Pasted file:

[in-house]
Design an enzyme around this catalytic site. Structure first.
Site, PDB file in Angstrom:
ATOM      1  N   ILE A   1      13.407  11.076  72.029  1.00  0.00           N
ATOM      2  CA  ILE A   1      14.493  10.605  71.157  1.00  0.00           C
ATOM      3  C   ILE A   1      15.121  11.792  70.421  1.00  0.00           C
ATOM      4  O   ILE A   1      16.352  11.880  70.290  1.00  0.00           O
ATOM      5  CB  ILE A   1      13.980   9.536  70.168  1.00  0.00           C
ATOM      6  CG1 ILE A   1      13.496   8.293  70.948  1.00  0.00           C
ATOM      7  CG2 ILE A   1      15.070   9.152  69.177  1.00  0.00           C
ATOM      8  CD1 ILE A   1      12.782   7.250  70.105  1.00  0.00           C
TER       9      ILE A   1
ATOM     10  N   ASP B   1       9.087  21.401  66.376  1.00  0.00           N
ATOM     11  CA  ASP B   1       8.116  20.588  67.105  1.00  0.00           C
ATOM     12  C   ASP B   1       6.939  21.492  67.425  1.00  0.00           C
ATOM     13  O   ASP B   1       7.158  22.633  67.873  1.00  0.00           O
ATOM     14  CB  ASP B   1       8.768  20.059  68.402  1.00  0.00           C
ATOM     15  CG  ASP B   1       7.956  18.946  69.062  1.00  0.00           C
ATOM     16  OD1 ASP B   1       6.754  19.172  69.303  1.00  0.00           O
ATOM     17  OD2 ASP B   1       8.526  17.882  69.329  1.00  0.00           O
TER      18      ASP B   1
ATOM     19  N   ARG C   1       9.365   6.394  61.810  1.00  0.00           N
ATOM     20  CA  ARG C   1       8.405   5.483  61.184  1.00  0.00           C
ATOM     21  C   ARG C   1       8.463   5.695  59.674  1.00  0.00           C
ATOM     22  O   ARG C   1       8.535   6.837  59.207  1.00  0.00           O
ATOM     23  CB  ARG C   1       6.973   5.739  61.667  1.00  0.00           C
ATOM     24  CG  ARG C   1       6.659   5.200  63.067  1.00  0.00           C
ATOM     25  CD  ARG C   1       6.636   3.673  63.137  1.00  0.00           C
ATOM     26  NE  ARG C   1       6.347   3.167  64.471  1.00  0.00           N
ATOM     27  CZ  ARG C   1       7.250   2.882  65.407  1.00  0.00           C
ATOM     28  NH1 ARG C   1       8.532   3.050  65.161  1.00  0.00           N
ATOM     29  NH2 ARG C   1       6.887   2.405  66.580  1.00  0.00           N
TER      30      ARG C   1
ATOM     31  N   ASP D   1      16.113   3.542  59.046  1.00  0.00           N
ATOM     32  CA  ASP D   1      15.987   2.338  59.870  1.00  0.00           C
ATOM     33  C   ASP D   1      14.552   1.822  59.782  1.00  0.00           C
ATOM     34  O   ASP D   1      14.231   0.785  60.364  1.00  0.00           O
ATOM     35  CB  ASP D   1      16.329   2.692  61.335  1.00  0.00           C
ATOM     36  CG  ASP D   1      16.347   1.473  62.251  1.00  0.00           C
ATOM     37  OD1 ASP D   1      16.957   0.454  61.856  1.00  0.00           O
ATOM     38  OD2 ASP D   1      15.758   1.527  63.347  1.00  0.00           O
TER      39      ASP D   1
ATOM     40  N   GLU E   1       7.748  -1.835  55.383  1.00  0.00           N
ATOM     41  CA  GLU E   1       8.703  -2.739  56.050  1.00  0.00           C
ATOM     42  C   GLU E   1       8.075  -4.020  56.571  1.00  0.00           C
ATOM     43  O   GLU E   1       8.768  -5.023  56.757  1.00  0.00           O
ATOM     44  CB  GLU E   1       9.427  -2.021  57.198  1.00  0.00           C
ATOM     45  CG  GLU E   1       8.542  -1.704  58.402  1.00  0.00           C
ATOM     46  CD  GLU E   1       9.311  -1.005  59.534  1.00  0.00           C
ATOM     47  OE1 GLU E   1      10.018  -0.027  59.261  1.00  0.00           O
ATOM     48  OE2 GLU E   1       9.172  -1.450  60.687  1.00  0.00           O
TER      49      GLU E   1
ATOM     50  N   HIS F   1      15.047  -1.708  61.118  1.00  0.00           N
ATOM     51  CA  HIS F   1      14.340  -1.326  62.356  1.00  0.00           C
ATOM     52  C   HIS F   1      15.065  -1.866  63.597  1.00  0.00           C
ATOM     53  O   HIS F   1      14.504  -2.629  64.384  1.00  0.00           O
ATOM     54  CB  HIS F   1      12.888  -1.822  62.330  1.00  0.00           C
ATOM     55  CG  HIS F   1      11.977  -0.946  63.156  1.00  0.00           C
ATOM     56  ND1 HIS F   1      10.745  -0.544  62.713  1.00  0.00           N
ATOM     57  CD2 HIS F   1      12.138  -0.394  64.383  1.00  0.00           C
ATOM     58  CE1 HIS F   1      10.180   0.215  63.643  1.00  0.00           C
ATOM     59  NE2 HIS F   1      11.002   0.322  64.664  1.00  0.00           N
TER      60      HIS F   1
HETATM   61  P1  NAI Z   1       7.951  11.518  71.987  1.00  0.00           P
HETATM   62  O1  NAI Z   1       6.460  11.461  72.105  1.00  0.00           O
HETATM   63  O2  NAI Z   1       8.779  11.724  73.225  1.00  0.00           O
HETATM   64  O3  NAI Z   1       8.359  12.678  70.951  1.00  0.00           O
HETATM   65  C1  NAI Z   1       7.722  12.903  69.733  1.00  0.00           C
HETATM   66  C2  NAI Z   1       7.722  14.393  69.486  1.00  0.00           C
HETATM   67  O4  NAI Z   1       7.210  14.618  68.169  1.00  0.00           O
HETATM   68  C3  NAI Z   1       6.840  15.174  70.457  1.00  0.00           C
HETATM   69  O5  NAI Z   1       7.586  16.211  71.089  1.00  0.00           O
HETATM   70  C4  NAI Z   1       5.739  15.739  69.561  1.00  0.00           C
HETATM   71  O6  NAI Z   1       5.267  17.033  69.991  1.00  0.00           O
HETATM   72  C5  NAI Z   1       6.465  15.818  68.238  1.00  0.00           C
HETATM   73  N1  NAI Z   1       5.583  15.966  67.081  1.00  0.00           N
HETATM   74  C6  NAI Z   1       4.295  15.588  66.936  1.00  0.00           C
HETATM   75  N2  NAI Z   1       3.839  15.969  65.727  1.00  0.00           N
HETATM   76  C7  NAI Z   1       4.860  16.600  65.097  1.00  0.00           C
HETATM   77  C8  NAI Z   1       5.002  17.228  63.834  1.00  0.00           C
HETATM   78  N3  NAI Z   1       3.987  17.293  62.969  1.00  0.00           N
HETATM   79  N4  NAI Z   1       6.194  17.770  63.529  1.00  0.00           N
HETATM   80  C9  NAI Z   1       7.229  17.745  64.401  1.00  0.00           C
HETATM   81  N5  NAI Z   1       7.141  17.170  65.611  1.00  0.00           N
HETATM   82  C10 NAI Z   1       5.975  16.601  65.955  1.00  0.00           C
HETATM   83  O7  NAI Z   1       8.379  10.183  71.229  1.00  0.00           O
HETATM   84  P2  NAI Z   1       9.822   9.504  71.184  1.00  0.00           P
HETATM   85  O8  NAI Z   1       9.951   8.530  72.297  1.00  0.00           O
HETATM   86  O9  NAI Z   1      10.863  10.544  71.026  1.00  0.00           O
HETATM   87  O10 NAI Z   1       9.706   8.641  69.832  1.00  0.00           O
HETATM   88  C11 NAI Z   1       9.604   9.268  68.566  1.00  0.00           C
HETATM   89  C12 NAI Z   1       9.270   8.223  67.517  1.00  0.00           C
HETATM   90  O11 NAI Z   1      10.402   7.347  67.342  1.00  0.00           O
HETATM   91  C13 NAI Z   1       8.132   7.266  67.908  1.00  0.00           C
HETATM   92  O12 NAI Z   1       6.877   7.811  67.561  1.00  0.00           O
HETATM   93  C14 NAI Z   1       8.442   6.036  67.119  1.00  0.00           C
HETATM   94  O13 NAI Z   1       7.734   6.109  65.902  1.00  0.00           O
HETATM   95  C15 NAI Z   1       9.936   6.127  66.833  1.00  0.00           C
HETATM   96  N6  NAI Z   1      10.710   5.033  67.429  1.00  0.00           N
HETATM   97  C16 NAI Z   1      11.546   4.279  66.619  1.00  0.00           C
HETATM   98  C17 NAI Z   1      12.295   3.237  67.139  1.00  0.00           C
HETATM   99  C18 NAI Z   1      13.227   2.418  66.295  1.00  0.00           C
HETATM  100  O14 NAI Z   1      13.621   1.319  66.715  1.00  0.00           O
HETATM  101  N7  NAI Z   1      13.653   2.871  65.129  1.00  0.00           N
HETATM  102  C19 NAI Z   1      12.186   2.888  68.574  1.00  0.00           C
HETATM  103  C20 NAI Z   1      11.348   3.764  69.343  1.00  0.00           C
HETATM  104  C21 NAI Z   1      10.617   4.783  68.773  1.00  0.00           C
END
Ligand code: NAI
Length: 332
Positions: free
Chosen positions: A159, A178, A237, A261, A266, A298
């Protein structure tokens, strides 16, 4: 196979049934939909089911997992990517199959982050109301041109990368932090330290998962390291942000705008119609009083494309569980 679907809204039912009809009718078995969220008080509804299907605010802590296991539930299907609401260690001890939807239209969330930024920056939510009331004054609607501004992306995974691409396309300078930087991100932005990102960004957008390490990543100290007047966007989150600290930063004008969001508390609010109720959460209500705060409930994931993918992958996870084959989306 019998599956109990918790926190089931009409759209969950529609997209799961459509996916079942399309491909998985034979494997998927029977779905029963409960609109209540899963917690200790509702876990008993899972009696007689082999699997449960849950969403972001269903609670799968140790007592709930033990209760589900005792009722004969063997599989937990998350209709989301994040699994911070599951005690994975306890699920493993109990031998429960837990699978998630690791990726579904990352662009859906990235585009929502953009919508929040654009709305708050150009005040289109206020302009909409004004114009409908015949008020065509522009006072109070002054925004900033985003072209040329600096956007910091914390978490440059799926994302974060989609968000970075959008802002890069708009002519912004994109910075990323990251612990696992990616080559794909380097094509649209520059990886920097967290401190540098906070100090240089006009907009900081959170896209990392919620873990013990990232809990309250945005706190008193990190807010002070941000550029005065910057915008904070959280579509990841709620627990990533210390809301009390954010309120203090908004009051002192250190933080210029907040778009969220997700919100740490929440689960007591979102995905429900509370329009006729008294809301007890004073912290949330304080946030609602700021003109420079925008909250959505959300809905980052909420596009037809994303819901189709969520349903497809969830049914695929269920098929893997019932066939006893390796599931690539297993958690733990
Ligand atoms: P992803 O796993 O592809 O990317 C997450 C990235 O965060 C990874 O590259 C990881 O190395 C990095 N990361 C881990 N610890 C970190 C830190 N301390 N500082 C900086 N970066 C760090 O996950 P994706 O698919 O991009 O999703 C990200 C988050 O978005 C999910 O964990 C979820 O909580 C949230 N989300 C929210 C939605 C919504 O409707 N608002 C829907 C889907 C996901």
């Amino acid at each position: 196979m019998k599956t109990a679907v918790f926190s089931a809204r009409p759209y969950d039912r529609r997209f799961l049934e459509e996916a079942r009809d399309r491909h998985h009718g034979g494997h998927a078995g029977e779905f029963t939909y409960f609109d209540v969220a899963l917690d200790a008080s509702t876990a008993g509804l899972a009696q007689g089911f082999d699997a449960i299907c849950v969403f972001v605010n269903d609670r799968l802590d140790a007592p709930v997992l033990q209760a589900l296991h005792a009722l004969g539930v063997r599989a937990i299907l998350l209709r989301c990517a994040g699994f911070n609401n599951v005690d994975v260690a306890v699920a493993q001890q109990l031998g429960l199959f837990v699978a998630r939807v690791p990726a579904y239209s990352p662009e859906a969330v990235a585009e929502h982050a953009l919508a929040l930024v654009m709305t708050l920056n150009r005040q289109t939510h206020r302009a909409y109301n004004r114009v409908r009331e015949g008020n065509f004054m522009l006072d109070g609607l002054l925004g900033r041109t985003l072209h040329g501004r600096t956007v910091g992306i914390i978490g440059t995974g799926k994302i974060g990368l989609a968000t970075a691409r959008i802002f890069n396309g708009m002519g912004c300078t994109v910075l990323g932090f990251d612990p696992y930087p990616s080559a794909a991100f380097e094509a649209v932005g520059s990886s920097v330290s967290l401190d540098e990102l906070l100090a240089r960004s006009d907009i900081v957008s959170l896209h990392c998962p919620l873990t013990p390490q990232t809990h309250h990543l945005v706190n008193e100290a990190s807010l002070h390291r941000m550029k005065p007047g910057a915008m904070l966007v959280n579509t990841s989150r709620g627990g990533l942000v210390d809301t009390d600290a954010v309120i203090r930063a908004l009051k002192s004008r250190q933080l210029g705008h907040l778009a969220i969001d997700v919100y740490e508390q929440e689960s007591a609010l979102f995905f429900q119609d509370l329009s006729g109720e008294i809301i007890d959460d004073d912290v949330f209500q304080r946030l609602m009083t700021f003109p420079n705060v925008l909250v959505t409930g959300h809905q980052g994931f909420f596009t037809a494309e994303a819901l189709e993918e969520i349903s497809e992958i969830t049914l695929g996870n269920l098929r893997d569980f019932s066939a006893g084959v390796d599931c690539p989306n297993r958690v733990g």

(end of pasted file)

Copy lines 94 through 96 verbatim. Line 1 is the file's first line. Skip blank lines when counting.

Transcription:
HETATM   91  C13 NAI Z   1       8.132   7.266  67.908  1.00  0.00           C
HETATM   92  O12 NAI Z   1       6.877   7.811  67.561  1.00  0.00           O
HETATM   93  C14 NAI Z   1       8.442   6.036  67.119  1.00  0.00           C